I (currently) don't believe that humans would ever want a utopia. We can work our butts off towards creating an environment in which everyone and everything can thrive, but there's a trait I'll call the 'x-factor' that will not allow it to thrive. Humans are different, and it's those differences that cause the issues. There are things that humans are not willing to accept, even amongst themselves. There will always be opposition. Now, if technology is there to enforce a utopia, the mere fact that humans feel 'surpressed', even if it generally doesn't affect their livelihoods, there will be conflict and unrest. What makes it worse is that technology has no empathy. It wouldn't care what your opinions are or what you find insulting. As long as you're one 'positive' statistic in its database, everything's good. If you're in red, I'm sure there will be measures to deal with such scenarios. Those measures will be far from pleasant. Therefore, to have a utopia that can at least have a chance to exist, it would be a utopia devoid of complete freedom. Humans would have to exist with a level of docileness. They would have to accept at a subconsious level that things can only favourably move forward that way. After all, technology isn't selfish or self-serving. It does what it's created to do. And that's before the artificial intelligence even sets in.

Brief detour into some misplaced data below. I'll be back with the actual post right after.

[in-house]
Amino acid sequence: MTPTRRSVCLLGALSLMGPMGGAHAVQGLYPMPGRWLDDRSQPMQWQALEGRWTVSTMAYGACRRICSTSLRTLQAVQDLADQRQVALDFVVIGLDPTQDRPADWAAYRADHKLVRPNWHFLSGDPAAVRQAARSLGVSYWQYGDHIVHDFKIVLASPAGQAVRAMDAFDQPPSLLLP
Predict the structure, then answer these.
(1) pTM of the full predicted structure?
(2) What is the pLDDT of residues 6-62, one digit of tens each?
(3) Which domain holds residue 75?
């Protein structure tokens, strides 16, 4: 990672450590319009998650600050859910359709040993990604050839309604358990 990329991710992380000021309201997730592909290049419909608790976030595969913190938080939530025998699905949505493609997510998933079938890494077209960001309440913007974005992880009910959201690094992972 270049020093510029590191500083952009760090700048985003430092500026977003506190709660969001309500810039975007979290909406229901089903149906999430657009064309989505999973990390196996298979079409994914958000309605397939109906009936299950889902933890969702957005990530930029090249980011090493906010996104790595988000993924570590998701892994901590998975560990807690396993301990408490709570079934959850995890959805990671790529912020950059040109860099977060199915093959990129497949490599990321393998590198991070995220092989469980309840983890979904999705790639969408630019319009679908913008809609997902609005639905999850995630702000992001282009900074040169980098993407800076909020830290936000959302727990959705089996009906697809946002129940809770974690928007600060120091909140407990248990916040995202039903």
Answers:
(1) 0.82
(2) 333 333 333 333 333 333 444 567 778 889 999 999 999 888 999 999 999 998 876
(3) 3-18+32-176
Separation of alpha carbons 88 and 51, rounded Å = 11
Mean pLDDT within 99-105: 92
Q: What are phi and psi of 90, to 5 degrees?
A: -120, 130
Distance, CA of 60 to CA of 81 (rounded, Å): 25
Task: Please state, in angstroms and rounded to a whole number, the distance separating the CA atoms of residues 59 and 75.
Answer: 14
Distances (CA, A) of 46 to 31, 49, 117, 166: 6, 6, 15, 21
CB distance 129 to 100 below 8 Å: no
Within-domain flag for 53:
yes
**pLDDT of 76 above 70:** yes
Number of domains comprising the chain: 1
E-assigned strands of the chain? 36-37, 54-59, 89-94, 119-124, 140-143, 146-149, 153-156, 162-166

All things considered, artificial intelligence would have its undeniable benefits. It would definitely serve to make our lives easier. And if it ever became sentient, it would be a huge leap forward. But for how long would it be the servant? How long would it take for it to see the many failures of humanity and decide that it would do a much better job of making the world a better place for us to live in? That’s if we can assume that it has humanity’s best interests at heart. Even if it did, unless it understands what those are in the same way that humans do, it will give us what we’ll interpret as a vague approximation of human interests. If we require safety, it will confine us to our homes. If we want robust health, it will eliminate as soon as possible those with terminal illnesses in order to ‘save resources’. If we want food, it will deliver it to us, and we’ll become lethargic. If we want freedom, it will create stiff rules within which we can enjoy that so-called freedom. If we want peace, it will monitor every activity of ours, ready to snuff out the slightest flame of unrest. Whoever challenges its notion of peace will be labeled a dissident and instantly removed. Whatever humanity wants, it will give the most grotesque version available.